In rebuttal, Jacobs testified that he had seen defendant's dog left unattended in the defendant's yard on several occasions.
The trial court found the defendant's dog was running at large during the evening of April 29, 1981. The court construed the ordinances as malum prohibitum offenses and held that the city was not required to prove defendant's mental state as an element of its case-in-chief.
Defendant contends that the trial court erred in construing sections 6-6 and 6-19 of the Municipal Code of Champaign (1975), as amended, as malum prohibitum offenses. He argues that the language found in the ordinance, especially the phrase "suffer or permit," indicates that the drafters of the ordinance intended that a violation would exist only where the dog owner knew that his dog was running at large or was negligent in failing to take measures to keep his dog from running at large. The city contends that the trial court's construction of the ordinance was correct and that public policy supports the view that a defendant's mental state is irrelevant in a case of this nature.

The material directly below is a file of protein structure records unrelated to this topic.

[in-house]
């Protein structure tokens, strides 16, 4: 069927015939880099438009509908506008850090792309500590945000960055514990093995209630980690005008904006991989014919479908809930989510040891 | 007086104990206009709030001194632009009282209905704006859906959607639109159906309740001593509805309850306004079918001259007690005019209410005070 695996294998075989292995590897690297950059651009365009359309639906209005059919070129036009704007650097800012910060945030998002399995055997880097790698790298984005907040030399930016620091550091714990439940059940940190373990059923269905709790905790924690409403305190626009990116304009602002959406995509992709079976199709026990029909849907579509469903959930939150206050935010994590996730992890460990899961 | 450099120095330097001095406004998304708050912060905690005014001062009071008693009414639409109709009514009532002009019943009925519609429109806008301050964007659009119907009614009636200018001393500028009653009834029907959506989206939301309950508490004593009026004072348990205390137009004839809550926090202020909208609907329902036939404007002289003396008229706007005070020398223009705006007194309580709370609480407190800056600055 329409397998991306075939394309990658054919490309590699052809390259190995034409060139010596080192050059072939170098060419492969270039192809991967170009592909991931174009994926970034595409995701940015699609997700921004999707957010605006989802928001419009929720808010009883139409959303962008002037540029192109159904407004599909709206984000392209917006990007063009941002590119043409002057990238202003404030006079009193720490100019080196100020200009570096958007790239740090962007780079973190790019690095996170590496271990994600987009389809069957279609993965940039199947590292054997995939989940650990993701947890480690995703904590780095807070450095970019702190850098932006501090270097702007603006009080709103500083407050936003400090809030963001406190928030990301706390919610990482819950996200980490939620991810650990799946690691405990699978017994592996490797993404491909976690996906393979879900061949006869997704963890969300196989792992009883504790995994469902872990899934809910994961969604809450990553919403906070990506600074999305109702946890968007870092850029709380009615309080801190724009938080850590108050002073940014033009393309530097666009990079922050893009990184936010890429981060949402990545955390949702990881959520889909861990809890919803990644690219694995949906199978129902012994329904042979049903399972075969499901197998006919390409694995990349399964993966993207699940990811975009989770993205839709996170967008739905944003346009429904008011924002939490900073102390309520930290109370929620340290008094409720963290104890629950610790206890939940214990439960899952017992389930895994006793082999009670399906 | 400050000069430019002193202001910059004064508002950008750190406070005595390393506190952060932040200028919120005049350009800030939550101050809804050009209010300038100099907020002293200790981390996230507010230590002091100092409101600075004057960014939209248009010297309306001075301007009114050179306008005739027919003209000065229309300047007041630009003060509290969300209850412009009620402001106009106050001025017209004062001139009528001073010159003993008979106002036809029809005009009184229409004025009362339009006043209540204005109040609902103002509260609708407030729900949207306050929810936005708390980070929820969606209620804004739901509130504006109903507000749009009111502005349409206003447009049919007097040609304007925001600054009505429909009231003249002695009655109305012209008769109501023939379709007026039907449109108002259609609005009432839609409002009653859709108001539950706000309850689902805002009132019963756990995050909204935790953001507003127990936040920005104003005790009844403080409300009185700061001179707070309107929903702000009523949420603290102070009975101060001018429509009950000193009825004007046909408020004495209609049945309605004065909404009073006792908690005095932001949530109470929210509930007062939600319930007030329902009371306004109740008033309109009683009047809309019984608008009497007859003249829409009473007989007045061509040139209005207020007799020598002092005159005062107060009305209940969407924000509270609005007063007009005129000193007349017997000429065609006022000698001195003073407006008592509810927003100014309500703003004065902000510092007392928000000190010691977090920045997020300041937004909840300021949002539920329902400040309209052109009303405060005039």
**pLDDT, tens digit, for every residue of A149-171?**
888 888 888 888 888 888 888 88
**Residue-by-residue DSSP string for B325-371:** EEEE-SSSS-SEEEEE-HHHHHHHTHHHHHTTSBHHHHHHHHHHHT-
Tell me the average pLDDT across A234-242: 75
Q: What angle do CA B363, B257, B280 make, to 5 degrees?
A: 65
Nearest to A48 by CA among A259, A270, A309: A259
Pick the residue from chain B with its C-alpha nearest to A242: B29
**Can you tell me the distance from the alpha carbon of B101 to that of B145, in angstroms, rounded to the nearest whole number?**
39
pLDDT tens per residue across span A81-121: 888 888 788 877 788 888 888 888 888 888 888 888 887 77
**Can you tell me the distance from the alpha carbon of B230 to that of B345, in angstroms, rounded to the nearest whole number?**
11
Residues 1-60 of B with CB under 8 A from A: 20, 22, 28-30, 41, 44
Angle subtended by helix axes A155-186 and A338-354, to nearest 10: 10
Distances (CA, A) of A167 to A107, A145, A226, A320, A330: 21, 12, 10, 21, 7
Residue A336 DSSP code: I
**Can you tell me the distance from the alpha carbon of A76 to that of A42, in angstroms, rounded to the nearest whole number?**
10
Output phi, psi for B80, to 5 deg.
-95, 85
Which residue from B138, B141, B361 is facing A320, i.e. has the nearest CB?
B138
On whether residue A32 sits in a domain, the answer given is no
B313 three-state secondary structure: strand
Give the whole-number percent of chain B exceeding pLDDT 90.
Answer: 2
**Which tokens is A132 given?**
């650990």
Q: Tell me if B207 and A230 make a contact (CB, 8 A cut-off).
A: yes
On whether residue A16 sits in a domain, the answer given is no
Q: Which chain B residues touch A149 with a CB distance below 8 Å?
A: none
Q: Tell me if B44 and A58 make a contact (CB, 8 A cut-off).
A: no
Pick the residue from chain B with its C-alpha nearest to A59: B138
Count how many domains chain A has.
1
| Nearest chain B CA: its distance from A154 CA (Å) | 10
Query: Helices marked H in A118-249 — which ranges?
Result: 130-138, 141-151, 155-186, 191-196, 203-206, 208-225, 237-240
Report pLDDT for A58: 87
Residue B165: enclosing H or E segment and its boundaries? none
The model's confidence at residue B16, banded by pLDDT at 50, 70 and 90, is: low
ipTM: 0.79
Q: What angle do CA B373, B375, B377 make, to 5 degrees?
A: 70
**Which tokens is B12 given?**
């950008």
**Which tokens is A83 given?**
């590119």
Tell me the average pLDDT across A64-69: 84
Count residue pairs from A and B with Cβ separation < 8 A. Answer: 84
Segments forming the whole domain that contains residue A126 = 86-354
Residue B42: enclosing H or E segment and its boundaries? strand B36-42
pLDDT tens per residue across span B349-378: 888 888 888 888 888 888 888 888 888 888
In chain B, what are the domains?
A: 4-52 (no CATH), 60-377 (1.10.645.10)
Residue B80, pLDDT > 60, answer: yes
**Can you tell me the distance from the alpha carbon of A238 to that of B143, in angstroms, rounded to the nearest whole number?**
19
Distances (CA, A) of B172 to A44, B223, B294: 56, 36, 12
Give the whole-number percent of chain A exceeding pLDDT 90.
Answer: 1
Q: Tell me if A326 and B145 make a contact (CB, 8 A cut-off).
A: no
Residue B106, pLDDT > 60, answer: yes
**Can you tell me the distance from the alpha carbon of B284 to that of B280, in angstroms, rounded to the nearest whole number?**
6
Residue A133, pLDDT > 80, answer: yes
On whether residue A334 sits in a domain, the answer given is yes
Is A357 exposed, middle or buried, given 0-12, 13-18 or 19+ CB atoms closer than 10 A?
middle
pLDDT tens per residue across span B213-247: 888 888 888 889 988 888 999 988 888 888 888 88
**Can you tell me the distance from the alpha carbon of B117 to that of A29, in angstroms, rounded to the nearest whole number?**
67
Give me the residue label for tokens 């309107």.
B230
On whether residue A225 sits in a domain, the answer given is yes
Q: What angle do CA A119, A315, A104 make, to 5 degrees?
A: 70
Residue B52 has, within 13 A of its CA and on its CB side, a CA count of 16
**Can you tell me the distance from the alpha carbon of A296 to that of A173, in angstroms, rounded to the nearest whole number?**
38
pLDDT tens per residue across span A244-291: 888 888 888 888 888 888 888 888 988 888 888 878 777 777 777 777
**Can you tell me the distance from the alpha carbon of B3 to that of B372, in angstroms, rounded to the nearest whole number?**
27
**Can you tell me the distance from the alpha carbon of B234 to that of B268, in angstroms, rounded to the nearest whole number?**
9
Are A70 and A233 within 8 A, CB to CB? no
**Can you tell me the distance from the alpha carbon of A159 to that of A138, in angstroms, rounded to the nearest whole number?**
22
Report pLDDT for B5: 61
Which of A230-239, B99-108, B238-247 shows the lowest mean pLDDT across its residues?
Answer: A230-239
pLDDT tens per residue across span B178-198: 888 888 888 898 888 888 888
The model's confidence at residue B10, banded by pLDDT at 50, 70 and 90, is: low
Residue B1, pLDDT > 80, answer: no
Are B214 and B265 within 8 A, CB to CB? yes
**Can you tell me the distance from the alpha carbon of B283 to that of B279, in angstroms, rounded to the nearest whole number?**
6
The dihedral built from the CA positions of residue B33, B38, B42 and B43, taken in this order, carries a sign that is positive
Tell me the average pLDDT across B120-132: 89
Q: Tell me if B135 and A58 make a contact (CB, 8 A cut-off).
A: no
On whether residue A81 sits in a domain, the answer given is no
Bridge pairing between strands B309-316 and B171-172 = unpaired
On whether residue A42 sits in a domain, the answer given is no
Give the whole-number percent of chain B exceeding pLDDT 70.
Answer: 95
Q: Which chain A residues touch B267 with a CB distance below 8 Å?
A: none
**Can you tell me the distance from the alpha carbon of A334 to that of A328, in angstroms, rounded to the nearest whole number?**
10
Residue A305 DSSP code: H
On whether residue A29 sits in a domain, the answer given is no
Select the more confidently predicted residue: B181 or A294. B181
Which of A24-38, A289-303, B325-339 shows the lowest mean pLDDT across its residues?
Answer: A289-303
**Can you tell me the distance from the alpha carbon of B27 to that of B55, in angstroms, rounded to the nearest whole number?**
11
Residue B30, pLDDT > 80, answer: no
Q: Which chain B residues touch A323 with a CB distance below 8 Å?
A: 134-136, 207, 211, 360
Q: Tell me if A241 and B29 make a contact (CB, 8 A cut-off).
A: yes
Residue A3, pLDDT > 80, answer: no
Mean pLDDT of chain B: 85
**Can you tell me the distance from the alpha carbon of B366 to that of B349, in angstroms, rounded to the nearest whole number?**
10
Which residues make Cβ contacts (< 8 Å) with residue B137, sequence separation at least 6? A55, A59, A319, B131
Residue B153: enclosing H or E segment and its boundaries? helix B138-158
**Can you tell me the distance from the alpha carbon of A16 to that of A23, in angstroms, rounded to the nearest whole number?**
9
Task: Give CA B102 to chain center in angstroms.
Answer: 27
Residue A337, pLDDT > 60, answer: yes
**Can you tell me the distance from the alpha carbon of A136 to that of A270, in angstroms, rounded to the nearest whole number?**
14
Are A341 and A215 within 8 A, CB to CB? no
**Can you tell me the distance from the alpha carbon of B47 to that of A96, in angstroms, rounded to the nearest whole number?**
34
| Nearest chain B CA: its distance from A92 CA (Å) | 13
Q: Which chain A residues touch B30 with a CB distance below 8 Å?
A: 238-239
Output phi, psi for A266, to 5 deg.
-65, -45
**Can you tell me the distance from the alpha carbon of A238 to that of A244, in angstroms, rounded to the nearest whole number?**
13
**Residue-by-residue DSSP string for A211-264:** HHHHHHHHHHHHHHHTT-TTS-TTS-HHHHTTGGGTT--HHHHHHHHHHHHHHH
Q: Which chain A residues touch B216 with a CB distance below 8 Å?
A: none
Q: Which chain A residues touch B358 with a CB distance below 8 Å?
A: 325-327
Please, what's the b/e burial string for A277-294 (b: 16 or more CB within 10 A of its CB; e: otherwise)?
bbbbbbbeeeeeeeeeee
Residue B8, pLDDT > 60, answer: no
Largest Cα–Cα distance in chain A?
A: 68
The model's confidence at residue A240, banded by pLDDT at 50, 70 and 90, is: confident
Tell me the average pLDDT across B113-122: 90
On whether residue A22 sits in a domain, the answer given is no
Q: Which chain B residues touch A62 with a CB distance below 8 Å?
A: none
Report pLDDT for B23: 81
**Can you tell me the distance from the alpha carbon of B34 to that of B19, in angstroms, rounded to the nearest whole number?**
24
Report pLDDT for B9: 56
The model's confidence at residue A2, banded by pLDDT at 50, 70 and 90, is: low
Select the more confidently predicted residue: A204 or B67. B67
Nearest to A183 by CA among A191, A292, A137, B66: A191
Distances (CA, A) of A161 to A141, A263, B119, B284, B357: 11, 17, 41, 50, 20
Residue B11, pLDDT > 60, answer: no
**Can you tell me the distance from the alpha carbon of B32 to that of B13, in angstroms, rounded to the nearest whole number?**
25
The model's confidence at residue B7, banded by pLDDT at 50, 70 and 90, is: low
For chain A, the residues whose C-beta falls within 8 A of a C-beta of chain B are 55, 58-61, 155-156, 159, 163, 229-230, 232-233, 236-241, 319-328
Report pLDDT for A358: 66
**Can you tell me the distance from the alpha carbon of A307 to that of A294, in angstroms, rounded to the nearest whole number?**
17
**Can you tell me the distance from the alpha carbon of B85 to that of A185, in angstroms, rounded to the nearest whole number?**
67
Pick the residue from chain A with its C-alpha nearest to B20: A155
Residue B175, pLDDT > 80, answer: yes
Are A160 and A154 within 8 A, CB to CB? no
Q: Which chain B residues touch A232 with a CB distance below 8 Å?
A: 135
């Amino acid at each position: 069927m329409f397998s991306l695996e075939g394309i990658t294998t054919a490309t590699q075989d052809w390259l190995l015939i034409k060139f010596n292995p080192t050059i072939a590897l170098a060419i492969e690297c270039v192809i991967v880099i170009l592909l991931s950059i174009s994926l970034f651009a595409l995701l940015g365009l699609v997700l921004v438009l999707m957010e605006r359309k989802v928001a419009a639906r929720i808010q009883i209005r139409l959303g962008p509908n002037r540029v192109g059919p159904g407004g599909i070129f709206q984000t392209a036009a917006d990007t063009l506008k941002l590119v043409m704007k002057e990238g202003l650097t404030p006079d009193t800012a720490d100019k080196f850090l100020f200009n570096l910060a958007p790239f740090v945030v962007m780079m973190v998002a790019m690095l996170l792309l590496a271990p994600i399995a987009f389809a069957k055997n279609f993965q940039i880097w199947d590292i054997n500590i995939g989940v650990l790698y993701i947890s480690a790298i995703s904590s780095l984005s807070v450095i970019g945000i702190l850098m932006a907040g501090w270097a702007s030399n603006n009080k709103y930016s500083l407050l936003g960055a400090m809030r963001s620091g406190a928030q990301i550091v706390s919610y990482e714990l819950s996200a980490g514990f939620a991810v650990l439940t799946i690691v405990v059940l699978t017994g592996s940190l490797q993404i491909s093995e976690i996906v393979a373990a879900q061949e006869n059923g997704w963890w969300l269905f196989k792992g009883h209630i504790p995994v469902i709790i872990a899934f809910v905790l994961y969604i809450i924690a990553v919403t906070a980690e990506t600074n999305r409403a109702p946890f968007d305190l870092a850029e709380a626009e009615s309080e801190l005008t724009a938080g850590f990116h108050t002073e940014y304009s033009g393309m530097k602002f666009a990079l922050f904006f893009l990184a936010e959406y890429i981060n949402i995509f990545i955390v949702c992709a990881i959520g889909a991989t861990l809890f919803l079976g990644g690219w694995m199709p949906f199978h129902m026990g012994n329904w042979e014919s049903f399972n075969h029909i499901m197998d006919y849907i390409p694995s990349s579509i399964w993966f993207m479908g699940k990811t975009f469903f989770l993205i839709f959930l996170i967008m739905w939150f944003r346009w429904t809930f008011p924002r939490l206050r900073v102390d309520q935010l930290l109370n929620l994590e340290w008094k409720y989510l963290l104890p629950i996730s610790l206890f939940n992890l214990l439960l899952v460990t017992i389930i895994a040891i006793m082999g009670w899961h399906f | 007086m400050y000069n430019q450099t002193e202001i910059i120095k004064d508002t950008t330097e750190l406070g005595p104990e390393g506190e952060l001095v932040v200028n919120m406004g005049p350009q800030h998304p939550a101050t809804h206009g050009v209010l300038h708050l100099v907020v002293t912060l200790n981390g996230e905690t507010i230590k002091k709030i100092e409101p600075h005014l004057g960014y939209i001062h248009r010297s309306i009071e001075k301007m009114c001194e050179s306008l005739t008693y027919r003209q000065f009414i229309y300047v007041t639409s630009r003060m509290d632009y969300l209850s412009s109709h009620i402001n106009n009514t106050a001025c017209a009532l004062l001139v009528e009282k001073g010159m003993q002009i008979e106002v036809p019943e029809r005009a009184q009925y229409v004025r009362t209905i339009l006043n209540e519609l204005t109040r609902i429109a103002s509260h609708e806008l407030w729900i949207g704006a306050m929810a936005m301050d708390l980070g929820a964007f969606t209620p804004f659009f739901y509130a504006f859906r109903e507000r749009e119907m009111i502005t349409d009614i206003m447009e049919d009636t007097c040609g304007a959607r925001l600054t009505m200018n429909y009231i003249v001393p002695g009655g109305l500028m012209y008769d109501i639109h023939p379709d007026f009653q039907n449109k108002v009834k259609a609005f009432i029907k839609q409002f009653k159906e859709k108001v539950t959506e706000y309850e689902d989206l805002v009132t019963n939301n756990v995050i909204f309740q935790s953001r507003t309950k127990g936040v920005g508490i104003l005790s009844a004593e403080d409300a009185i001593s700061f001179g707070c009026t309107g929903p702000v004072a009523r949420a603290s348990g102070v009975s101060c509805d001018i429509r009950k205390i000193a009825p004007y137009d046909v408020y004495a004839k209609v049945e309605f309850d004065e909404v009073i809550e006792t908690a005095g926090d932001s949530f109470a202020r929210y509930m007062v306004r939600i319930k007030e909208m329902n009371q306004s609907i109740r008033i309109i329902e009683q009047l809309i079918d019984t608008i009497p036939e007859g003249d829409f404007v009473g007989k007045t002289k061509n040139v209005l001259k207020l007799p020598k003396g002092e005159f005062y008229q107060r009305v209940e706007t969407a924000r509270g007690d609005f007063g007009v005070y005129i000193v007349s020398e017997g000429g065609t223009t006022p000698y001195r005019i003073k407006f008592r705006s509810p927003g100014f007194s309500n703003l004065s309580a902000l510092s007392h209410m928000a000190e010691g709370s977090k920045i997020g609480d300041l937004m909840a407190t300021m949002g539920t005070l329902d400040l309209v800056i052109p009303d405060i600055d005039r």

Similar questions were presented to our supreme court in a series of Civil War era cases. In Case v. Hall (1859), 21 Ill. 632, the trial court dismissed the third plea of a complaint, which alleged that defendant's hogs were running at large in violation of an ordinance prohibiting such conduct. The supreme court affirmed the dismissal of the plea because the plea did not contain an allegation that the hogs were running at large at their owner's sufferance. The court went on to state:
"This knowledge and sufferance is the gist [original emphasis] of the offense. The penalty is not to be enforced because the hogs were running at large, but because the owner suffered them to run at large." (Emphasis added.) 21 Ill. 632, 636.
The court was confronted with yet another ordinance prohibiting hogs from running at large in Town of Collinsville v. Scanland (1871), 58 Ill. 221. The ordinance in question read:
"That any person being the owner of * * * any hog or hogs, shoat, or pig, who shall suffer the same to run at large * * * shall be subject to a penalty of not less than five dollars nor more than fifteen dollars." 58 Ill. 221, 222.)